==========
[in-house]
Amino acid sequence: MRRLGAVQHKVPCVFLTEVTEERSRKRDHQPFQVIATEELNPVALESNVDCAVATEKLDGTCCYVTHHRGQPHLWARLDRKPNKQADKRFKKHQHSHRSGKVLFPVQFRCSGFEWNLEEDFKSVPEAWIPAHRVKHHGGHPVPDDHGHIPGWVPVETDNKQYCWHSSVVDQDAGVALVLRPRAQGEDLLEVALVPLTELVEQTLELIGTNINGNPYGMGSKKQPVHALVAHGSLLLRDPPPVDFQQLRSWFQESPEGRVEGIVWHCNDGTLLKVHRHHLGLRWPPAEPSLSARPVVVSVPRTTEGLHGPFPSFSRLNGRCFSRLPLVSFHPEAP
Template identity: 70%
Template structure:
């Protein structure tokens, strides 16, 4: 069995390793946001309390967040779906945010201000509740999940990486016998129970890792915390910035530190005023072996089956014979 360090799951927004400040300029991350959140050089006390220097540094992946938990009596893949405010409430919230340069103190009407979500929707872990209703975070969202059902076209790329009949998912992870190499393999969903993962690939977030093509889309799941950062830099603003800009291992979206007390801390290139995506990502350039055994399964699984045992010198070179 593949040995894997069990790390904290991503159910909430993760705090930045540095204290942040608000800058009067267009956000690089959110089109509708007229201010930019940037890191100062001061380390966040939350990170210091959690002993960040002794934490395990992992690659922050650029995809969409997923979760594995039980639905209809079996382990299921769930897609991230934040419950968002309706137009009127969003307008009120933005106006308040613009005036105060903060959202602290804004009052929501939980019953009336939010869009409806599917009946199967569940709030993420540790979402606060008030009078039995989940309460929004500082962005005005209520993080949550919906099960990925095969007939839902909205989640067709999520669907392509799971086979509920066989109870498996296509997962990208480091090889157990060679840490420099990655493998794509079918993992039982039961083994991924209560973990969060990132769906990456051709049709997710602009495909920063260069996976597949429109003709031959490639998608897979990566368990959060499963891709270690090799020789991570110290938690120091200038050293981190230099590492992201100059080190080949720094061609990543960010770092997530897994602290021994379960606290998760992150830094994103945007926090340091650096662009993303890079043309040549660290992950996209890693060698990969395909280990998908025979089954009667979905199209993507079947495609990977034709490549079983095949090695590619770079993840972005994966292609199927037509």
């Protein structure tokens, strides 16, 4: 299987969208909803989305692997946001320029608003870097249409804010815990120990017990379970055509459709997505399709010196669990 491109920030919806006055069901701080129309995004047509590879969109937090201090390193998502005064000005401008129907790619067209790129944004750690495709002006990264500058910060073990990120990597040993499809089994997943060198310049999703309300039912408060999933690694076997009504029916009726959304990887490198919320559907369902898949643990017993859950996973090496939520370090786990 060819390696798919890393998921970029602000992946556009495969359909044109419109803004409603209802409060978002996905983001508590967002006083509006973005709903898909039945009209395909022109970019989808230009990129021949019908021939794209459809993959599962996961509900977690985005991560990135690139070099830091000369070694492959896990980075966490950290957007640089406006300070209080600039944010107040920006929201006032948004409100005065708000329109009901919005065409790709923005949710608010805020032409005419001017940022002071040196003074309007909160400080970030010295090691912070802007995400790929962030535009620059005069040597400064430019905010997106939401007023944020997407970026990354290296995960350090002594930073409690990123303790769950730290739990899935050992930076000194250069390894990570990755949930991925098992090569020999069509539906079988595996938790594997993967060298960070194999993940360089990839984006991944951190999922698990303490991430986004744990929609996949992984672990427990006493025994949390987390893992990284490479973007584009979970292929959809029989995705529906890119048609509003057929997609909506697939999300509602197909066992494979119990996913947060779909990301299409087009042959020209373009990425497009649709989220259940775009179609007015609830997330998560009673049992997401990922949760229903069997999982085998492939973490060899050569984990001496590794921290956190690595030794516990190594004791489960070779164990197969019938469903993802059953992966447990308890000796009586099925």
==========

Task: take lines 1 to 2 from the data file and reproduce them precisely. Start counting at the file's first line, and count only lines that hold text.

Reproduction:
[in-house]
Amino acid sequence: MRRLGAVQHKVPCVFLTEVTEERSRKRDHQPFQVIATEELNPVALESNVDCAVATEKLDGTCCYVTHHRGQPHLWARLDRKPNKQADKRFKKHQHSHRSGKVLFPVQFRCSGFEWNLEEDFKSVPEAWIPAHRVKHHGGHPVPDDHGHIPGWVPVETDNKQYCWHSSVVDQDAGVALVLRPRAQGEDLLEVALVPLTELVEQTLELIGTNINGNPYGMGSKKQPVHALVAHGSLLLRDPPPVDFQQLRSWFQESPEGRVEGIVWHCNDGTLLKVHRHHLGLRWPPAEPSLSARPVVVSVPRTTEGLHGPFPSFSRLNGRCFSRLPLVSFHPEAP